How Sunnah food, habits will lead to healthy, happy life

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How Sunnah food, habits will lead to healthy, happy life

Dubai - The programme comprised a series of talks by Islamic teacher Saima Mahmoud and Dr Summia Naz.

By Saman Haziq

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Published: Thu 7 Nov 2019, 10:36 PM

Last updated: Tue 12 Nov 2019, 12:26 PM

Over 400 women gathered in Oud Metha to learn more about the Sunnah - way of the holy prophet - for a healthy lifestyle.
The event saw the participation of nutritionists, general practitioners, diabetologist, psychologist, a health coach and a fitness trainer who gave free consultations, emphasising on how taking care of one's mental, emotional and physical well-being can enhance the quality of life.
"The idea behind the event is to remind and educate people that life lessons imparted by the most influential and revered man in history - Prophet Muhammad (Peace be upon him) - are not only relevant to modern-day challenges but also beneficial for our mind, body and soul," said Sadaf Ather, vice-president of the ladies forum of the Pakistan Association Dubai (Pad).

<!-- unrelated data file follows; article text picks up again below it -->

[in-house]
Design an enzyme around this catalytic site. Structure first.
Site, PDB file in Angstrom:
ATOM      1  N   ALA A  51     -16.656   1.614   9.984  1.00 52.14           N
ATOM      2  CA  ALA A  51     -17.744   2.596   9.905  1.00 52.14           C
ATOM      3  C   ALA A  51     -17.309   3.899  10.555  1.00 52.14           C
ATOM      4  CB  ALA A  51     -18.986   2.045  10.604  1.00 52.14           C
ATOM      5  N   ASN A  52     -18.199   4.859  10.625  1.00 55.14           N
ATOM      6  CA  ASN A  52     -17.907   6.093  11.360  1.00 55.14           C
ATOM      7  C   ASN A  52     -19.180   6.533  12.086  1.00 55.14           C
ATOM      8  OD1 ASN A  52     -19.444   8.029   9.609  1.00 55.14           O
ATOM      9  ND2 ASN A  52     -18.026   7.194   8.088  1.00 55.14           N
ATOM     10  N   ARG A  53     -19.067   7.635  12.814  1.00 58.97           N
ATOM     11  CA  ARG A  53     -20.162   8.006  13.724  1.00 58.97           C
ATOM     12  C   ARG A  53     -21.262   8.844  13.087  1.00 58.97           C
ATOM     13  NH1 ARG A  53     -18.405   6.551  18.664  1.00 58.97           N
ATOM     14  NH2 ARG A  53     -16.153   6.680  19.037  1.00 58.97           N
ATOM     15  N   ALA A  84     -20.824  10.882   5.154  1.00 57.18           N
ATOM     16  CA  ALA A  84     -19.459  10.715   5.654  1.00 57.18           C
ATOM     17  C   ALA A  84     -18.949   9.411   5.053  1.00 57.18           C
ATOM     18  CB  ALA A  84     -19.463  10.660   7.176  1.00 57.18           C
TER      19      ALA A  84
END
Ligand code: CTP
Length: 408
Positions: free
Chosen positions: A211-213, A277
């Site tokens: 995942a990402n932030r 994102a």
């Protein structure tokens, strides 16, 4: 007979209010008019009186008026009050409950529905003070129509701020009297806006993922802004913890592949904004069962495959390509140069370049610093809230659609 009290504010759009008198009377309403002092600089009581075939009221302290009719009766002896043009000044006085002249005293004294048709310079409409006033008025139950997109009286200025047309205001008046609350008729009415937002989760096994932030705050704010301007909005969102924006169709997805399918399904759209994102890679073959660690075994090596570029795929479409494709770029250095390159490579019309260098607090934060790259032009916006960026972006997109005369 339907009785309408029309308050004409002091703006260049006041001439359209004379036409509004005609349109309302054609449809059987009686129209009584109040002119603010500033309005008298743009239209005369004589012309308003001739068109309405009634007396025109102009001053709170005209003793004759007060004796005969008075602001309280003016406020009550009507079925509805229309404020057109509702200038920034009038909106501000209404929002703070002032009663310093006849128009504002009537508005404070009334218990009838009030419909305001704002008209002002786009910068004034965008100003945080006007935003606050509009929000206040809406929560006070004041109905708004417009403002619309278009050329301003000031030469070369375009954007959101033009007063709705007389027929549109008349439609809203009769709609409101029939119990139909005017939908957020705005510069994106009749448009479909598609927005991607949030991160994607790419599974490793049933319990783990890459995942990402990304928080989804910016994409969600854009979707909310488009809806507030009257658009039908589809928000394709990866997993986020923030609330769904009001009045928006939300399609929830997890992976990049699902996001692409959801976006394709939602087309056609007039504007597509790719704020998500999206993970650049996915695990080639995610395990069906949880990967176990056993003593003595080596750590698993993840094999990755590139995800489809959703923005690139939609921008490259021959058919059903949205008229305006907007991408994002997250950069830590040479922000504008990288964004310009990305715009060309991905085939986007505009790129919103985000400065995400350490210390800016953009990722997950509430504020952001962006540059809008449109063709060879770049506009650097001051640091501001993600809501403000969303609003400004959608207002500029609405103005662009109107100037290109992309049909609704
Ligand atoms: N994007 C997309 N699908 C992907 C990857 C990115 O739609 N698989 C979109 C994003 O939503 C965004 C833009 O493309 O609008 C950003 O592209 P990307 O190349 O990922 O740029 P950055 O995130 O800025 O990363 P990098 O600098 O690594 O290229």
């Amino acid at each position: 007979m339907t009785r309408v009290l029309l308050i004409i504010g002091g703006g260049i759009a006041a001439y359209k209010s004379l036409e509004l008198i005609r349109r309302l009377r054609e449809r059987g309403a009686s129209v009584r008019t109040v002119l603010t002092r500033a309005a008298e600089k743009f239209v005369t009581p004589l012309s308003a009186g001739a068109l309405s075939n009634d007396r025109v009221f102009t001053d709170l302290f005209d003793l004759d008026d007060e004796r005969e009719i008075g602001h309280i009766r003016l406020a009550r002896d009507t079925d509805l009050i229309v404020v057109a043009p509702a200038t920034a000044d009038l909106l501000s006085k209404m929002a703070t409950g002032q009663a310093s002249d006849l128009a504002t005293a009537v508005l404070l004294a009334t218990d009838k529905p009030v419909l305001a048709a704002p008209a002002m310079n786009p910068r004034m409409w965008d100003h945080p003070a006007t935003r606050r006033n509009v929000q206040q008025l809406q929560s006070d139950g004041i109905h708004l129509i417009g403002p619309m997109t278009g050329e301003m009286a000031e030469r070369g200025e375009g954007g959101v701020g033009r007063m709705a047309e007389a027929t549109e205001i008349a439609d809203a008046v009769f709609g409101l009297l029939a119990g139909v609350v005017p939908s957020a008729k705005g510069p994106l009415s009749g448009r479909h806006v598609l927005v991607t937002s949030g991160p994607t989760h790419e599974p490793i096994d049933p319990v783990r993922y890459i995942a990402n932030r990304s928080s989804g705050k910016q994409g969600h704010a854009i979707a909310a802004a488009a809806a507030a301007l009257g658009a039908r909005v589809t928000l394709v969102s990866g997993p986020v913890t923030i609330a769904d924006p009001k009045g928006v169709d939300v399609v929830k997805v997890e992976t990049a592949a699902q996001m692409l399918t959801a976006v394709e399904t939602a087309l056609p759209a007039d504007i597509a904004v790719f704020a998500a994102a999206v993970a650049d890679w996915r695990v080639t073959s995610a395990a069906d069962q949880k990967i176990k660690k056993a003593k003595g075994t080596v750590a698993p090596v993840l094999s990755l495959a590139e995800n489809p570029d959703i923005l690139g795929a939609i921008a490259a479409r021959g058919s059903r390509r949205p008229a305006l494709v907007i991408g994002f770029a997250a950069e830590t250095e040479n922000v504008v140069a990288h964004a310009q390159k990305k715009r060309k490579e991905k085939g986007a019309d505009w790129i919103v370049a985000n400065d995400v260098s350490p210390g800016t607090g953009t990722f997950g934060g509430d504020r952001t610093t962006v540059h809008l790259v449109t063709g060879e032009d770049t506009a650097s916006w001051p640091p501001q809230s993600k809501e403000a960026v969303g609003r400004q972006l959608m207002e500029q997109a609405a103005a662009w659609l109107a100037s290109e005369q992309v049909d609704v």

"In today's artificial world, we seek to create awareness about the benefits of Sunnah. If we try and adopt his habits and dealings with people and spirituality, we would become the best versions of ourselves - physically, spiritually and socially."
The programme comprised a series of talks by Islamic teacher Saima Mahmoud and Dr Summia Naz, who founded an integrative therapy programme in 2017 and specialises in women and children issues.
While Mahmoud spoke about the daily routine and healthy habits of the holy prophet, Dr Naz elaborated on how to attain good mental and emotional well-being.
She emphasised that following Sunnah and having a holistic approach in all aspects of life helps fight stress and acts as an antidepressant.
Getting active
The talks were followed by a light exercise session by a hijabi fitness trainer and nutrition coach Maryam Shirinova from Azerbijan, who got the audience moving and stretching while explaining about the importance of exercise.
The Pakistan auditorium, where the event was held, had stalls offering various products - prophetic medicines such as raw organic honey; black seed oil; home-cooked Sunnah foods such as talbina, tharid, nabiz drink; organic soaps such as camel milk soap and neem soap; healing oils from Maya Organic World; and books.
Free pamphlets on the importance of Sunnah and balanced diets were distributed along with diet charts.
Dates, apricots, figs and miswak were also given away.
Uzma Zamaan, who attended the event, said she felt refreshed as the talks reminded her of the forgotten Sunnah.
"I am glad I attended this event. I learnt so much on how to take care of myself. I also had the chance to meet powerful, educated and balanced women who helped us through their talks and advice.
"I felt empowered after these sessions as it reminded us that religion is not only about prayer but also about taking care of ourselves and our families to lead a happy and healthy life."

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